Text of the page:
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Gravitation – Why acceleration due to gravity increases at pole instead of decreasing?

Acceleration due to gravity is found to decrease with increase in depth and vice versa. But, on the poles its value is more than as compared to that on the equator even though the depth is increasing.Why is this so? I know about the relation g is inversely proportional to R squared, but without this relation I can’t seem to b able to answer it with the depth relation.

Asked Thakrei Ruivah

Answer

The force of gravity is inversely proportional to the the distance from the centre of earth and hence it is evident that at poles the acceleration due to gravity should be more since the polar radius is less that the equatorial radius.
Putting it simply, the entire mass of earth is attracting the object kept at the pole towards it centre and the distance from the centre is less. Therefore the force and hence the acceleration due to gravity will be maximum.

The decrease in g with depth is due to the fact that:
At any depth, the mass of earth coming within the sphere with radius equal to the distance from the centre of earth to the object under consideration will be responsible for the force of gravity and hence the value of acceleration due to gravity decreases.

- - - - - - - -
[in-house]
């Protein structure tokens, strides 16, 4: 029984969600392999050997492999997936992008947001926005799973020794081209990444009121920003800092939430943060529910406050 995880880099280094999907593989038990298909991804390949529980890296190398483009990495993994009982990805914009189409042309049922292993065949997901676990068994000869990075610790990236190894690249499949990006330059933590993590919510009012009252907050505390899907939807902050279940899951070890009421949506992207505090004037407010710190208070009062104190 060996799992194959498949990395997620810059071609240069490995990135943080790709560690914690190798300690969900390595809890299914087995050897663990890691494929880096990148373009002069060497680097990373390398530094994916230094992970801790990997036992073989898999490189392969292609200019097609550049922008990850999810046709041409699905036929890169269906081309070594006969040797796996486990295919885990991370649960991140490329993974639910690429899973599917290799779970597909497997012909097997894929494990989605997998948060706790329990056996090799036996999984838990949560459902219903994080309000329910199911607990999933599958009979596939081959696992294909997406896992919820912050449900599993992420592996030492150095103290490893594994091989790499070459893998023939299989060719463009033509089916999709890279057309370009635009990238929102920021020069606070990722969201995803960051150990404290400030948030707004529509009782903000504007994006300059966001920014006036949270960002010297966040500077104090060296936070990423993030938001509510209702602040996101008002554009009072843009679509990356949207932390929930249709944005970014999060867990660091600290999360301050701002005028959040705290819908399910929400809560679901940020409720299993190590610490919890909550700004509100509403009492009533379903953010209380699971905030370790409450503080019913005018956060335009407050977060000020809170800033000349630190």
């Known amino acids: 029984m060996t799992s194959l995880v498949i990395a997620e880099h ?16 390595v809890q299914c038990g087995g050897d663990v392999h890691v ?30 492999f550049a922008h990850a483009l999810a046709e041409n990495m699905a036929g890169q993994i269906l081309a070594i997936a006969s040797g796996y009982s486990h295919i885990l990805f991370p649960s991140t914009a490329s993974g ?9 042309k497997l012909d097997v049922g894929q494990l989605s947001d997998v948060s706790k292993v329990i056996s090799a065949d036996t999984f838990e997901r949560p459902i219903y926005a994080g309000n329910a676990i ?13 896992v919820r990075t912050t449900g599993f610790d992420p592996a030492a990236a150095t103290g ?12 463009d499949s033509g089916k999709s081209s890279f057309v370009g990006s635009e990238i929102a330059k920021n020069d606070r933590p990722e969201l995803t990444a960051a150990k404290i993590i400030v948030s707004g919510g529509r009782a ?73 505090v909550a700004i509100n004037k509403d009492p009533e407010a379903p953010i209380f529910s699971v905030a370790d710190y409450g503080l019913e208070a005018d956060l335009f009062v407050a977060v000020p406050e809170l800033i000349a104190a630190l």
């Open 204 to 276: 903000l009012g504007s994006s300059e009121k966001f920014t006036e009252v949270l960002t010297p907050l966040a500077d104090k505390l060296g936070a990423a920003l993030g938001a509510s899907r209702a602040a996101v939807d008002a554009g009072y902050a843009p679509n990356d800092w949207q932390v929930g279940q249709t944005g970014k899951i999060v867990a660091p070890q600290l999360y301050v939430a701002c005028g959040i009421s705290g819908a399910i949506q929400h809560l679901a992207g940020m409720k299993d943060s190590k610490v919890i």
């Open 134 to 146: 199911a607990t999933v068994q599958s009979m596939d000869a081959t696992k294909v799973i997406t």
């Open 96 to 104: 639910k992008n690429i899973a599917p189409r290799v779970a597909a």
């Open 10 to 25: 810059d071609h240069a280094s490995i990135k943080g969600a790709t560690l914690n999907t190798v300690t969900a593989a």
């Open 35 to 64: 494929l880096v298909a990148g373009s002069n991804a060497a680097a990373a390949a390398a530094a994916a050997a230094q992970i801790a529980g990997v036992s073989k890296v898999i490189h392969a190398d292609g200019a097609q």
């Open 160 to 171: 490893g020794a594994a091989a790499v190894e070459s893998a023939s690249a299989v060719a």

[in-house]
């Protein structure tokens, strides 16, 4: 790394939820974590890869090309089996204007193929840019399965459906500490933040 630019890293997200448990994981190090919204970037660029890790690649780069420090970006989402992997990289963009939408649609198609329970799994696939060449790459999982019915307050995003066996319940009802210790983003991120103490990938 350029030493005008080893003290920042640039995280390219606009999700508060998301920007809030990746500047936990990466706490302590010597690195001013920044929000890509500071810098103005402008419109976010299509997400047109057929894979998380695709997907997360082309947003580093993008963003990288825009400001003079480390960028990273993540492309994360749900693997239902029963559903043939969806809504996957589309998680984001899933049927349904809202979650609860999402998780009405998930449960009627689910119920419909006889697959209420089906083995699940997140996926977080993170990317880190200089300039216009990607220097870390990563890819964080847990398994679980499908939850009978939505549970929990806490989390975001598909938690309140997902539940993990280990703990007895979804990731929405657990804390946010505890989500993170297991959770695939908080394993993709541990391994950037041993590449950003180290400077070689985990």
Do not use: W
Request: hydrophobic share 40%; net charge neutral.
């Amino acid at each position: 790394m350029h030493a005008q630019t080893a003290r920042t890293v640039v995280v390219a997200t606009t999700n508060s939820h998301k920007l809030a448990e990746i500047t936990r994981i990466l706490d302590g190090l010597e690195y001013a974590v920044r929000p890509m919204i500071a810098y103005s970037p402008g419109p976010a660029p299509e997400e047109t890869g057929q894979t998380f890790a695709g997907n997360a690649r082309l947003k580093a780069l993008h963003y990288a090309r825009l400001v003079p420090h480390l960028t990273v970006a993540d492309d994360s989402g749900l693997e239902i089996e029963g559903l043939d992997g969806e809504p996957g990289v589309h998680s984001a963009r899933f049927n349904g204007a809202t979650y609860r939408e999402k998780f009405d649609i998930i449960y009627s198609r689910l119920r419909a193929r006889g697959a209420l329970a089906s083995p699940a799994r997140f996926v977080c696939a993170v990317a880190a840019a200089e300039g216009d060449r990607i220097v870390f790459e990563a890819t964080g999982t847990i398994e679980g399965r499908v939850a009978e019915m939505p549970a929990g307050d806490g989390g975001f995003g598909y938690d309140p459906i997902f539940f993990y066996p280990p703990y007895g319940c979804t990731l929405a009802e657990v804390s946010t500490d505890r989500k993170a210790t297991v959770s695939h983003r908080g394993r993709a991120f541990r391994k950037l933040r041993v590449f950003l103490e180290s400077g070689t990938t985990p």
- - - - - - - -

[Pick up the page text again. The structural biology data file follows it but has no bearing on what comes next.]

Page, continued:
Get more details from http://www.askphysics.com/variation-in-acceleration-due-to-gravity-g-with-depth/

 

Inelastic vs Elastic collisions

In class we we’re working on a lab, We had to shoot a stationary toy truck with a dart pulled back and giving it’s energy through a spring. We are given the mass of the dart and the truck, and found the amount of time the truck travelled for and its distance. I’m unsure which equation to start with in order to find the darts initial velocity.

 

ASKED IVIE

Answer:

This is based on Law of conservation of energy

 

Once light is generated at the source, where does it go ?

Once light is generated at the source, where does it go and when does it stop being light ?

 

Asked Laurence Simons

 

Answer:

Light is an electromagnetic wave. Once it is produced, it will travel out for ever if not absorbed or scattered. In vacuum there is nothing to absorb or scatter the light. So it will travel forever in vacuum. When it enters a medium it may be absorbed, reflected/scattered or transmitted.

 

You may refer to these links for more info

https://www.wired.com/2015/02/5-things-every-human-know-light/

https://van.physics.illinois.edu/qa/listing.php?id=21368

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